There are nearly 100 Black female and male coaches leading women’s college basketball teams this season. Last week the MSR talked with three veteran Black female HCs in separate in-person interviews after their respective contests. Here we speak with Andrea Williams.
Andrea Williams is in her second year, guiding Chicago State through a women’s basketball independent schedule. As a result, she has literally no off nights.
There are scheduled road games at Power Five schools such as Minnesota and Notre Dame, a Thanksgiving week tournament at Cleveland State, and another tournament in Miami, around Christmas time before the 2023-24 slate eventually levels off. Six of the Cougars’ last seven games are at home—out of 11 home games in total.
Once an NAIA and NCAA Division II school, the predominantly Black public university located on Chicago’s South Side transitioned to Division I in 1994. CSU left the Western Athletic Conference in 2022, after nine seasons. Both the women’s and men’s basketball teams play as independents.
“Not a lot of time to prepare,” admitted Williams, who CSU hired as WBB head coach in July 2022. The 27-year coaching veteran, in all three divisions came to Chicago State after three years leading D-II Fort Valley State in Georgia.
Most of this season’s schedule takes place in November and December, “So there’s no time off,” continued Williams. Nonetheless, given such challenges, “We need to stay Division I so we’re a viable option for whatever conference picks us up,” the coach explained.
Williams is the second consecutive Black female HC Minnesota hosted this season. CSU played the Gophers after they hosted Rene Haynes’ Long Island University squad at The Barn. (Haynes is also featured in this week’s MSR.)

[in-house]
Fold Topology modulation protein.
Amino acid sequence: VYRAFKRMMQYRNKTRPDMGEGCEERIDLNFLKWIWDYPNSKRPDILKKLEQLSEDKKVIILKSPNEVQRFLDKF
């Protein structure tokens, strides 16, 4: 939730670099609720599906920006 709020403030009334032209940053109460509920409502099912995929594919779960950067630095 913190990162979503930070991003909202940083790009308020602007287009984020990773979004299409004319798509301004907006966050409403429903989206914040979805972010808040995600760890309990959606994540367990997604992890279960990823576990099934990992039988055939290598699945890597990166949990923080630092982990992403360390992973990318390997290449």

We first talked to Williams last summer shortly after CSU hired her, featuring her in pre-game and post-game pieces before when her team played Minnesota last season.
“I love what I do,” noted Williams, who began coaching in 1995 at Edinburgh University of Pennsylvania. “It’s always good to be around the girls, the women… You’re providing women who are going to do something with their college degrees [after playing basketball].
“Now I’m in Chicago where you can branch out to do anything. And you can always stay in this city once you graduate.”
Williams is fully aware of the low number of D-I Black women’s basketball coaches, or Black coaches overall for that matter.
“I don’t think I’m a rare exception,” said Williams. “I think we’re making strides. On opening night we had plenty of [Black] coaches that got their debut as head coaches.”
She pointed out Yolisha (Lisa) Jackson at South Alabama. “One of my former assistants,” Williams noted with pride. “You had Providence with Erin Batth [in her first year as head coach]. I think Northeastern came away with an opening win,” she said of first-year HC Priscilla Edwards-Lloyd.
“I think it needs to be the norm rather than the exception,” said Williams. “There can never be enough.”
As the Cougars proceed through their season, “Our kids are bouncing back and they’re not going to shy away from the competition, and we’re just gonna stay at it. I’m excited,” said Williams. “I have a good staff around me…young women that want to stay in basketball and coaching.”